02-Planeta_manchette_175x100
Allegrini 2024
AMARONE OPERA PRIMA

Valpolicella and its Amarone look to change: in style, climate and consumption

At WineNews, the “vision” of Cristian Marchesini, president of the Consorzio Vini Valpolicella, and Master of Wine Andrea Lonardi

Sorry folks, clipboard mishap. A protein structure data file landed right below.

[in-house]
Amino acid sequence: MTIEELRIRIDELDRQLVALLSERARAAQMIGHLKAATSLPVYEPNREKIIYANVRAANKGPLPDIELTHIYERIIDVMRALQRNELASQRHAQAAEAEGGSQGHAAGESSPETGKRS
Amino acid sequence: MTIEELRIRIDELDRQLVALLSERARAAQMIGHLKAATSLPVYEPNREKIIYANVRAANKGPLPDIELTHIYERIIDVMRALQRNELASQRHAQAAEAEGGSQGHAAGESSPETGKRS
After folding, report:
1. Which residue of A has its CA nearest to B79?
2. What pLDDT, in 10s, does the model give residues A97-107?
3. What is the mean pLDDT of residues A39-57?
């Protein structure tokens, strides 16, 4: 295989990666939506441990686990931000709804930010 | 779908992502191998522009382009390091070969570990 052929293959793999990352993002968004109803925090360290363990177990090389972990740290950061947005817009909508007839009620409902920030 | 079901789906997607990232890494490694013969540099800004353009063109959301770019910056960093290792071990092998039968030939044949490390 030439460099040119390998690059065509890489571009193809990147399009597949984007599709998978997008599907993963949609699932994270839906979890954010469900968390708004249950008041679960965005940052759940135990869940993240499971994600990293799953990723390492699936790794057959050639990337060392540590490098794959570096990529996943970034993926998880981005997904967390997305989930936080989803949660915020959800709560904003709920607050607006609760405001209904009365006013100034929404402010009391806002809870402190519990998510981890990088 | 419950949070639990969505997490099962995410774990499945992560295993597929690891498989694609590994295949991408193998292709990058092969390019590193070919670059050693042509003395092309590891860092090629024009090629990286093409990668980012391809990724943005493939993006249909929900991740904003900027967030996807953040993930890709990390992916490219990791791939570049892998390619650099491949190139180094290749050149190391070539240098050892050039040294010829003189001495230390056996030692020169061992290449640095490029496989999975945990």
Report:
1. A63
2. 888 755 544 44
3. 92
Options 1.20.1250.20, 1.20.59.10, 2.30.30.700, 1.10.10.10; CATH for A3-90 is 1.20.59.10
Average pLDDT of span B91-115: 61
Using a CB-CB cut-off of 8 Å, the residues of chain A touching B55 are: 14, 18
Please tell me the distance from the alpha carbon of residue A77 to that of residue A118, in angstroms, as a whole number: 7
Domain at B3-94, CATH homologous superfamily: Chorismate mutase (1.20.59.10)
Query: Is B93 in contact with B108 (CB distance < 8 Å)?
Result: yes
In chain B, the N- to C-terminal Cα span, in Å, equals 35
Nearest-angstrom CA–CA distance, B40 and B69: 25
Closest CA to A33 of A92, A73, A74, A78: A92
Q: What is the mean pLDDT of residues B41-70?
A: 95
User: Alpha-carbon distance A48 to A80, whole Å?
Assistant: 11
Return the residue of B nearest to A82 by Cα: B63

Among the wine territories of unspoiled beauty with its vine-covered hills drawn by the marogne, where the presence of the vine is very ancient, as the name “Vallis-polis-cellae”, or “valley of the many cellars” reminds us, and thanks to that “know-how” in agriculture and commerce typical of the “Veneto triangle” that unites it with Venice and Verona, and which the ancient technique of appassimento (now a Unesco nominee) and the Venetian villas summarize to perfection, and in which even the Supreme Poet Dante found solace in exile, Valpolicella embraces 19 municipalities, covering an area of 30,000 hectares, rising 750 meters above sea level and descending 50 meters above sea level, of which 8,586 hectares are planted with vines, and of which 3,500 are “sustainable” (and, therefore, either organic or biodynamic, or otherwise in the National Quality System of Integrated Production). It is here - from San Pietro in Cariano to Fumane, from Sant’Ambrogio di Valpolicella to Negrar, from Verona to Grezzana, from Mezzane to Illasi, just to name a few - that 2. 400 winegrowers, winemakers and bottlers produce, according to 2023 figures, 67 million bottles in the Valpolicella appellation, of which 14.2 million are Amarone, 61% destined for foreign countries, Canada, the U.S. and Northern Europe in the lead, for 600 million euros of business, more than half of which is thanks to Amarone whose average, ex-cellar price is 35 euros. Amarone thanks to which Valpolicella is also among the most “valuable” wine territories in Italy: the value per hectare ranges from 500,000 to 600,000 euros, and there is to consider that those who have these lands to vine, keep and manage them and put them to income, and there are few realities that invest in them coming from other countries and other Italian wine territories, with well over 90% of “native”, a sign of sensitivity and attachment to this Venetian land. But what does the present tell and what is in the future of the style of Valpolicella wines, both for Amarone and Valpolicella, and with climate change increasingly influencing the drinking of enthusiasts, collectors and new wave of drinking? What will be the tags (keywords) for the future of Valpolicella wines, in short? At “Amarone OperaPrima”, the event launching the new vintages, but also reflecting on the future of the territory, signed by the Valpolicella Wines Consortium (in Verona, from today to February 4), we asked Andrea Lonardi, one of the top managers at Bertani, a historic winery in Valpolicella, part of the Angelini Wines & Estates group, and Master of Wine, a title also achieved through a thesis dedicated precisely to Valpolicella, as well as vice president of the Consortium. “Amarone has in the past been a wine that satisfied a market demand. Valpolicella producers were among the best, especially in some markets (markets in Northern Europe and North America), to understand that there was a need for a soft, warm and pleasant wine, suitable for drinking away from meals. This allowed for great volumetric success. To do so, however, they overdid it with withering and with the need to chase a style that this segment of the market demanded. Today that segment is no longer growing”, explains Lonardi, “and it gives many more shadows than certainties for the future. It is a segment that has been populated by other wines that compete only in terms of price. To suffer such an attack means being aware that that wine was an easily imitable model: in fact, the method was superior to the territory. Added to this are three major changes that are affecting the wine scene, not only in Valpolicella: changing consumption, changing climate, and changing style. We must therefore change and evolve by redirecting our wines toward an evolution both in terms of market geographies and consumer profiling. To do this requires, also but not only, a stylistic change. The most commercially solid wines are in fact fine wines, those that have a deep connection with the territory of origin, wines that have values and a specific communicative wording such as to make them identifiable. These are wines that are able to continuously create value on the supply chain. They create value because in the first and second decade after being put on the market they improve qualitatively in the bottle to the point of self-sustaining the concept of “scarcity” (not imposed but suffered). To access this segment”, Lonardi still adds, “it is necessary to think of an Amarone that puts its production factors back in balance: the method (the set-aside), the territory (soil, vines, climate), the people (producers, businesses) and communication. The challenge is clearly complex, from volume to value, and requires changes: cultural, production, legislative and communication” Then there is, as mentioned, the issue of climate change, which “certainly concerns all of us, not only in Valpolicella. Valpolicella to date has been favored by climate change; the fabulous wines from fresh grapes that can be obtained today are proof of that. But the area has many strengths that can be leveraged. First of all, a local form of farming, the pergola, which lends itself to protecting the grapes and shows interesting advantages from both a management and a production point of view. The survey of my research work for the Masters of Wine showed how 65% of producers will return to the traditional form in the next decade, and how those tied to wall forms will drop significantly (-21%). The survey also showed how producers prefer the pergola in the case of Amarone production and instead how wall forms are to be preferred for Valpolicella (80 percent of winemakers prefer the pergola for Amarone grape production). This”, Lonardi goes on to explain, “opens the way for changes that will therefore also have to affect the production regulations. The survey also showed how many producers would like to have vineyards exclusively dedicated to the production of Amarone and others to the production of only Valpolicella, which is not possible to date. Other changes at the technical level, however, will also be needed in terms of grape set-aside. Sustainably, it will be necessary to figure out how to wilt these grapes less. Research shows that at 20% loss in weight we achieve the best aromatic concentration, beyond that we instead have degradation processes (today the specification calls for a 40% loss). We will then have to rethink the places where we rest the grapes and what the conditions inside them should be. These places could also have specific geographical locations. The same thing applies to grape winemaking techniques. I’m thinking of grape washing and selection with optical devices. Added to this is aging, on which we should reconsider timing, types of wood and containers”. Profound and in their own way epochal changes, those foreshadowed by Lonardi, that portend great potential for producing a wine that is fresh, more savory, more respectful of the grape varieties and more appreciative of the elements of the terroir. As long as there is a clear vision about the future and target markets, positioning and which consumers to talk to. Because “communication will also change. Both in terms of content and the hierarchy of values that will be used. We will move from a wine with a leadership model of command, a muscular, structured, richly concentrated wine that strongly imposes its style on the consumer, to a wine with a leadership model of prestige, a more intellectual wine”, explains Lonardi, “that does not impose itself forcefully, but with a much more prestigious and qualified narrative, where identity and distinctive characters emerge. The concept of changing the leadership style of a wine will be a very important theme not only to understand the product itself but also its communication strategy and process. New generations flee from command and imposition: they seek so-called “accountability”. mental and cultural involvement. This we must imagine also communicated to journalists, opinon leaders and consumers”. But we also need a change of mentality “within the territory”, Lonardi further adds. “My experience of the last decade in this appellation, as vice-president of the consortium, and as Coo of an iconic brand (Bertani, of the Angelini Wines & Estates group, ed.) that has been on a path of change for the last 10 years, and as Master of Wine through my thesis suggests that I emphasize how Valpolicella is a most interesting territory. Not only is it the third largest limestone deposit in the world after Champagne and Burgundy, but it is also a rich and strong social and entrepreneurial fabric. The Valpolicella of the past 20 years has given us some of the strongest storytellers in the world. Entrepreneurs strongly oriented to volumetric growth. A territory among the first to adopt the number control process. The first territory to adopt annual reporting (the first project I developed for this denomination in 2018). But the numbers to date of interest to the entrepreneurial fabric of the territory”, says Lonardi, “have always been quantitative. Today’s market requires us to make a cultural change at the level of data management and interpretation. Numbers must take a much more qualitative view. From total number of bottles we need to move to value of sales and then average price of sales. From total export volume we need to move to break down by individual geographic area and then by country. Deep dives by channel (On/Off trade) are then needed to understand and profile the time of consumption and reasons for consumption. One needs to address one’s competitive set and targets. Finally: map out one’s vision”. A vision, Leonardi explains, that is the most difficult thing to build, because it is the “deepest and most intimate one that a territory, a brand and a producer must have. The style of the wine will only be a pure consequence of this”. And while decisive will be the producers’ sense of responsibility and dil involvement that must also touch the press and opinion leaders, it is crucial that all players involved become “critical friends for the next generation. It is clear that we are experiencing a change that requires cultural growth. This mission is driven by the desire to make an impact and generate the one true outcome a winemaker in this area must aspire to: legacy. A legacy that must touch, the territory, the quality of the product (wine) and the perception of the brand. This is our trajectory, and we will work as hard as ever, asking for your support to build stronger trust”. But if this, then, is the vision of the medium- and long-term future of the Valpolicella territory, according to Lonardi, also taking a snapshot of today and the near future is Christian Marchesini, president of the Consorzio di tutela dei Vini della Valpolicella. Who, to WineNews, traces the state of health of one of the most important Italian wine territories, with its top wines, starting with Amarone, a symbol of Made in Italy, after a difficult 2023, after years of growth, amid high prices and international tensions, with exports stable and domestic consumption down, at least in large-scale distribution. “In fact, 2023, if on the one hand it was an excellent year in the vineyard, because September let us put a lot of grapes to rest, a record for the appellation, on the market there was a slowdown for all the wines of the appellation. Due to an economic issue, related to the economic picture and general uncertainty, but it is a fact that we also have to rethink a little bit the style of Valpolicella wines. There are, however, some positive data: if Valpolicella as a whole has dropped, the incidence of Valpolicella Superiore, on the other hand, is growing, from 22 to 29%. Ripasso all in all is stable, while another difficult figure to deal with is the decline in Amarone, which is around 17% of the denomination. However, we have reached economic values as high as ever, with the price of Amarone going from 11 to 13 euros per liter, and stocks are very low. The export of the Valpolicella system”, Marchesini goes on to explain, “is at 65% of the total, and is very concentrated between North America and Northern Europe, although something, but still in its infancy, is moving in Asia. So the situation is complex, and we are on the alert, but the territory is healthy and there is not too much concern. And looking to the immediate future, in 2024 we will work on two important projects: one is the creation of the “valleys”, our sub-areas, a long but important path for Valpolicella producers. And then we continue to work hard on the sustainability discourse. In 2023 there was a 16% increase in certified organic or sustainable vineyards, by now we are around 40% of the total of the denomination, which, I like to remind you, amounts to 8,600 hectares”. From which come Italian wines of great success in the world.